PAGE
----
Is India looking to ban “private cryptocurrencies”… or not? The messaging around crypto in the world’s sixth biggest economy has been a bit confusing lately.

Reports surfaced last week that India would likely be allowing the trading and holding of crypto assets, but would look to ban their usage as a means of payment.

Media focus earlier this week, however, seemed to be on the latter, helping to fuel a FUD-spreading “India is banning crypto” narrative on Twitter and sending crypto prices plummeting in India once again.

Will India do a China and look to impose a blanket ban on all interaction with non-government-issued cryptocurrencies? Unlikely.

Not saying it’s not possible, of course – Indian PM Narendra Modi did reveal a particularly cautious view of crypto at the Sydney Dialogue summit last week. And the Indian government has also made it clear this week that it has no plans to recognise Bitcoin as a currency.

But that’s hardly surprising, seeing as the Reserve Bank of India is working on a phased introduction of its central bank digital currency (CBDC), planning a pilot test in 2022.

 

Indian crypto bill’s creator speaks out

The creator of India’s current crypto bill (up for consideration and review by the Indian parliament), however, has now clarified that “it is misleading to say that private cryptocurrencies will be banned”.

While also emphasising the potential of the crypto and blockchain industry, the former finance secretary of India Subhash Garg said in an interview today with an Indian news channel:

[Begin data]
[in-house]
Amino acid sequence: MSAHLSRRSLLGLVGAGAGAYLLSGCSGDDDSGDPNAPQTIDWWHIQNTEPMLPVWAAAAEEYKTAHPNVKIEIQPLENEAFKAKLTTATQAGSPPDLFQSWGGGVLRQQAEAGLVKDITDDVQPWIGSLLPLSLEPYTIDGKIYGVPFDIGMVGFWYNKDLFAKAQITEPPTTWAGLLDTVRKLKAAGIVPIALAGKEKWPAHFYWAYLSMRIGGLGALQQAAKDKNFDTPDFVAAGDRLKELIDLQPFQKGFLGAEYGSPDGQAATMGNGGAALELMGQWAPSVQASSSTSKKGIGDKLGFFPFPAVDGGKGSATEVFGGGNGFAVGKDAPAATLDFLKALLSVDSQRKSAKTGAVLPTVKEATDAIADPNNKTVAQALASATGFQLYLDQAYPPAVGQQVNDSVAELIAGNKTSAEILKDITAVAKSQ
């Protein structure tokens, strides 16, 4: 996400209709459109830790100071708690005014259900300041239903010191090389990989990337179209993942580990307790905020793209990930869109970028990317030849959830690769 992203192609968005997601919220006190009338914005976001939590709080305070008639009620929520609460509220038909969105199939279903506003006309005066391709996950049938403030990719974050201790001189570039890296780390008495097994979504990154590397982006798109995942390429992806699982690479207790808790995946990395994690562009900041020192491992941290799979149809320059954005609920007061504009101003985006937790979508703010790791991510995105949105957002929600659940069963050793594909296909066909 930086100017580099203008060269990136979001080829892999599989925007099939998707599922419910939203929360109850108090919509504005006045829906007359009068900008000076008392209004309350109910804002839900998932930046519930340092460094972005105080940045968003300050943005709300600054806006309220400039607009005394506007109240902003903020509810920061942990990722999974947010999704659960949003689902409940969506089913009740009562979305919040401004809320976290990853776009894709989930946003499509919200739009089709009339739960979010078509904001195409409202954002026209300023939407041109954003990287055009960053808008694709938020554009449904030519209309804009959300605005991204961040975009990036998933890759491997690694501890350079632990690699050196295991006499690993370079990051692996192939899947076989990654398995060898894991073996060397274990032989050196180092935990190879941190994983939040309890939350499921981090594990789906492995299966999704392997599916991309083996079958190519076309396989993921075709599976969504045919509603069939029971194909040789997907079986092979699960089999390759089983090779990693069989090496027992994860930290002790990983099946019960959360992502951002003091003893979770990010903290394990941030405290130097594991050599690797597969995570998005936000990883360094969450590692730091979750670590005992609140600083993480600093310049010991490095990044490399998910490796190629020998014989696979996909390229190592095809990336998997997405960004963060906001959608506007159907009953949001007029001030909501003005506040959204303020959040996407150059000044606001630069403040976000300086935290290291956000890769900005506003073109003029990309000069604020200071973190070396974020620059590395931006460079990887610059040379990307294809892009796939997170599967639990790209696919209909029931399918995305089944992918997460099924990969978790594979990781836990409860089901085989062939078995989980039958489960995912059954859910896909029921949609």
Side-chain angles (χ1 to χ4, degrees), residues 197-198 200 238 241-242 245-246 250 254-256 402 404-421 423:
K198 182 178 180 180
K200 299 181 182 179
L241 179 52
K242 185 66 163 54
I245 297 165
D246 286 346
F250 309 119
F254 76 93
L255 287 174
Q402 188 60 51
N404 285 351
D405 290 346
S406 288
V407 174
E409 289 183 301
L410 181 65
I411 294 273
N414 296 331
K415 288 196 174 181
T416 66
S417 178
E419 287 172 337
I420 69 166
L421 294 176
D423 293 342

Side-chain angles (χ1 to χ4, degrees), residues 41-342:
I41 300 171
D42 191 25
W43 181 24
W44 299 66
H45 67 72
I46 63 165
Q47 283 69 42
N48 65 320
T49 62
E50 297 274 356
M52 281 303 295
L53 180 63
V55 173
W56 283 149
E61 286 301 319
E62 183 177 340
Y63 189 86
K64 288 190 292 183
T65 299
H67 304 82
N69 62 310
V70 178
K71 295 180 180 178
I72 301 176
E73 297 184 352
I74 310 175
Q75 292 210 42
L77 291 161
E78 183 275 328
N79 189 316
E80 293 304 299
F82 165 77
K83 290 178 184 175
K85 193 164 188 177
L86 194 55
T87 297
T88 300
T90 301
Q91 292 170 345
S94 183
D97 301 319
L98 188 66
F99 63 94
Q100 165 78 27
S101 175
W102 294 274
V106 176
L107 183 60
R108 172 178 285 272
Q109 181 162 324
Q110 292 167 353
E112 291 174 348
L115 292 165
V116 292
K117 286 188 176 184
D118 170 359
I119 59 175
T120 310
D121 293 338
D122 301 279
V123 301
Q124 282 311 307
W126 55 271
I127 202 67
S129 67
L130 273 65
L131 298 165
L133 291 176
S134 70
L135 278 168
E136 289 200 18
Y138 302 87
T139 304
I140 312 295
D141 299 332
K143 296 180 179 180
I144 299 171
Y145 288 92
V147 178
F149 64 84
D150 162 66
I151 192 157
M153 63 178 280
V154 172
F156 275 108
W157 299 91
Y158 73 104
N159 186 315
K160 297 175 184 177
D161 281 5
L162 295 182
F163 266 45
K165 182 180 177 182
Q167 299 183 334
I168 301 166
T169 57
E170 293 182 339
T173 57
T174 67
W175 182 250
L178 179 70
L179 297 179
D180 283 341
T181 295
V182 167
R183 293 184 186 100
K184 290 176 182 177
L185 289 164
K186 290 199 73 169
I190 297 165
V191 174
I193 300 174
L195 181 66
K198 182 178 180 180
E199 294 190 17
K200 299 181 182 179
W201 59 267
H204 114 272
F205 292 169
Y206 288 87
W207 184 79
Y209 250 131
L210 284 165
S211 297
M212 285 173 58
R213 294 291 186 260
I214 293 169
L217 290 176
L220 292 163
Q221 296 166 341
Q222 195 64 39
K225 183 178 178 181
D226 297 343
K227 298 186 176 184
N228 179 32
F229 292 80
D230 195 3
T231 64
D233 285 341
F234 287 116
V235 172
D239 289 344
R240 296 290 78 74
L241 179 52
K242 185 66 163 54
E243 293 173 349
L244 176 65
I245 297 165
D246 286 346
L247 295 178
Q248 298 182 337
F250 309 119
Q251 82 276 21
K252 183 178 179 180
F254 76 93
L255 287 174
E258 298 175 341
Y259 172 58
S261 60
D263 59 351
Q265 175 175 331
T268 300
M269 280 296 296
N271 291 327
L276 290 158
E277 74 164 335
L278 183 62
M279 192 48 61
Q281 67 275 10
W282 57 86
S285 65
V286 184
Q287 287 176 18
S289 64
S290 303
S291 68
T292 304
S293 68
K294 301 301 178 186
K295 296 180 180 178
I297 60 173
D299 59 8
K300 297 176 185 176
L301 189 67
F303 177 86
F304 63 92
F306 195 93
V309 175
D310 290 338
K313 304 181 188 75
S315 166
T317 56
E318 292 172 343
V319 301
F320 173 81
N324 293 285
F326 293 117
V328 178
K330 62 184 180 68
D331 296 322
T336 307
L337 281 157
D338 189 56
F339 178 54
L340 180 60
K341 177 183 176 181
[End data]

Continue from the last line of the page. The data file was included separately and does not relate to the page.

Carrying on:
“[The description of the crypto bill] was perhaps a mistake. It is misleading to say that private cryptocurrencies will be banned and to intimate the government about the same.”

The Indian crypto bill was first drafted by Garg in 2019, so it’s fair to say it might actually need a bit of an update.

“First of all, I am not so sure whether the Crypto Bill is expected any day,” said Garg. “The bill has still not been formulated. It has not been considered by the Cabinet and therefore I have even doubts whether this bill will get introduced.”

Garg inferred that he believes the Indian government should look to review the bill and rework a new one after discussing it with stakeholders and crypto investors. And he also believes there needs to be greater clarification around what the word “private” stands for in “private cryptocurrencies”, as well as how to classify crypto as “assets”.

“You don’t classify the wheat that you produce, you don’t classify the clothes you produce, as assets,” said Garg. “That is too much of oversimplification to treat this as an asset.”

Although there’s clearly much to sort out regarding the regulation of crypto in India (where isn’t there?), the upshot of all this is that the fears of draconian measures and a blanket private-crypto ban look to be misplaced at this stage.